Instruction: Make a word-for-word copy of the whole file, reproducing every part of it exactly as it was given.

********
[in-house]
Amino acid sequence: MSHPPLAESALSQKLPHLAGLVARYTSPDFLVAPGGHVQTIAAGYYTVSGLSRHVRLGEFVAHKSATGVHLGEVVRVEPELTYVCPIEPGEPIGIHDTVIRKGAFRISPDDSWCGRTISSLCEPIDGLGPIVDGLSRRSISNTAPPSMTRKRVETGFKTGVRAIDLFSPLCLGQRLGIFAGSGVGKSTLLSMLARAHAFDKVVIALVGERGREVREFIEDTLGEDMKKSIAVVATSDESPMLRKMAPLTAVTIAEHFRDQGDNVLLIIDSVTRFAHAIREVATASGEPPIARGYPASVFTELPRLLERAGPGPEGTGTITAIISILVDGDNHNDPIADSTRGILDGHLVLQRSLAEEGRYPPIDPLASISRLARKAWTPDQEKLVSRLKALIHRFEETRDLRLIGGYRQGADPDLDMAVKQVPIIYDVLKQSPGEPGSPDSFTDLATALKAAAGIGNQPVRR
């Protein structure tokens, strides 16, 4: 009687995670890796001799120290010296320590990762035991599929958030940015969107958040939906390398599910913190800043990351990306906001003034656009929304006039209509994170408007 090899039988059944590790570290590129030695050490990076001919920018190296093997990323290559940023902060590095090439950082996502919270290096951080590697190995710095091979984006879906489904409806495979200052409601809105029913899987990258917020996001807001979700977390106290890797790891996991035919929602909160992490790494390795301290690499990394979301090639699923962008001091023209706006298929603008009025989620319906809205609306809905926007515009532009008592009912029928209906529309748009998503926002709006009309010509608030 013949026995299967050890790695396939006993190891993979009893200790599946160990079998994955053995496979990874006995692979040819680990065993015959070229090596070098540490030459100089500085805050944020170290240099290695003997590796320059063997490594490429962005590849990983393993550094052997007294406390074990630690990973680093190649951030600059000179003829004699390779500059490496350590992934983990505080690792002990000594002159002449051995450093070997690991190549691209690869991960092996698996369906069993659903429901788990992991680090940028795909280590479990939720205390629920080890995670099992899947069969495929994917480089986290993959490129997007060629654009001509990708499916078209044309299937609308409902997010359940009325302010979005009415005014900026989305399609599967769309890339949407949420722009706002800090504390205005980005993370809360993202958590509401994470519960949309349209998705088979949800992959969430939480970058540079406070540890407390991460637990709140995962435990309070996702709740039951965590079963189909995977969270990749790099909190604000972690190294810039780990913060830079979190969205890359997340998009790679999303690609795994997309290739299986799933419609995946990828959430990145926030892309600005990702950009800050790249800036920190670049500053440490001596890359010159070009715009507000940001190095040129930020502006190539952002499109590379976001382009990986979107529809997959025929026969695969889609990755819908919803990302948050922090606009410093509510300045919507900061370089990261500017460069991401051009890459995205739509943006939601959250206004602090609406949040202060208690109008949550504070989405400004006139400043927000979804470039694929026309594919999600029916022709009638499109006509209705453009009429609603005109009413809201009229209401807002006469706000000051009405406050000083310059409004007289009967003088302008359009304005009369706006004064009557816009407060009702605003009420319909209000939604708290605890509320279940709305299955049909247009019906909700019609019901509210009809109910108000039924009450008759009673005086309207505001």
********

[in-house]
Amino acid sequence: MSHPPLAESALSQKLPHLAGLVARYTSPDFLVAPGGHVQTIAAGYYTVSGLSRHVRLGEFVAHKSATGVHLGEVVRVEPELTYVCPIEPGEPIGIHDTVIRKGAFRISPDDSWCGRTISSLCEPIDGLGPIVDGLSRRSISNTAPPSMTRKRVETGFKTGVRAIDLFSPLCLGQRLGIFAGSGVGKSTLLSMLARAHAFDKVVIALVGERGREVREFIEDTLGEDMKKSIAVVATSDESPMLRKMAPLTAVTIAEHFRDQGDNVLLIIDSVTRFAHAIREVATASGEPPIARGYPASVFTELPRLLERAGPGPEGTGTITAIISILVDGDNHNDPIADSTRGILDGHLVLQRSLAEEGRYPPIDPLASISRLARKAWTPDQEKLVSRLKALIHRFEETRDLRLIGGYRQGADPDLDMAVKQVPIIYDVLKQSPGEPGSPDSFTDLATALKAAAGIGNQPVRR
């Protein structure tokens, strides 16, 4: 009687995670890796001799120290010296320590990762035991599929958030940015969107958040939906390398599910913190800043990351990306906001003034656009929304006039209509994170408007 090899039988059944590790570290590129030695050490990076001919920018190296093997990323290559940023902060590095090439950082996502919270290096951080590697190995710095091979984006879906489904409806495979200052409601809105029913899987990258917020996001807001979700977390106290890797790891996991035919929602909160992490790494390795301290690499990394979301090639699923962008001091023209706006298929603008009025989620319906809205609306809905926007515009532009008592009912029928209906529309748009998503926002709006009309010509608030 013949026995299967050890790695396939006993190891993979009893200790599946160990079998994955053995496979990874006995692979040819680990065993015959070229090596070098540490030459100089500085805050944020170290240099290695003997590796320059063997490594490429962005590849990983393993550094052997007294406390074990630690990973680093190649951030600059000179003829004699390779500059490496350590992934983990505080690792002990000594002159002449051995450093070997690991190549691209690869991960092996698996369906069993659903429901788990992991680090940028795909280590479990939720205390629920080890995670099992899947069969495929994917480089986290993959490129997007060629654009001509990708499916078209044309299937609308409902997010359940009325302010979005009415005014900026989305399609599967769309890339949407949420722009706002800090504390205005980005993370809360993202958590509401994470519960949309349209998705088979949800992959969430939480970058540079406070540890407390991460637990709140995962435990309070996702709740039951965590079963189909995977969270990749790099909190604000972690190294810039780990913060830079979190969205890359997340998009790679999303690609795994997309290739299986799933419609995946990828959430990145926030892309600005990702950009800050790249800036920190670049500053440490001596890359010159070009715009507000940001190095040129930020502006190539952002499109590379976001382009990986979107529809997959025929026969695969889609990755819908919803990302948050922090606009410093509510300045919507900061370089990261500017460069991401051009890459995205739509943006939601959250206004602090609406949040202060208690109008949550504070989405400004006139400043927000979804470039694929026309594919999600029916022709009638499109006509209705453009009429609603005109009413809201009229209401807002006469706000000051009405406050000083310059409004007289009967003088302008359009304005009369706006004064009557816009407060009702605003009420319909209000939604708290605890509320279940709305299955049909247009019906909700019609019901509210009809109910108000039924009450008759009673005086309207505001």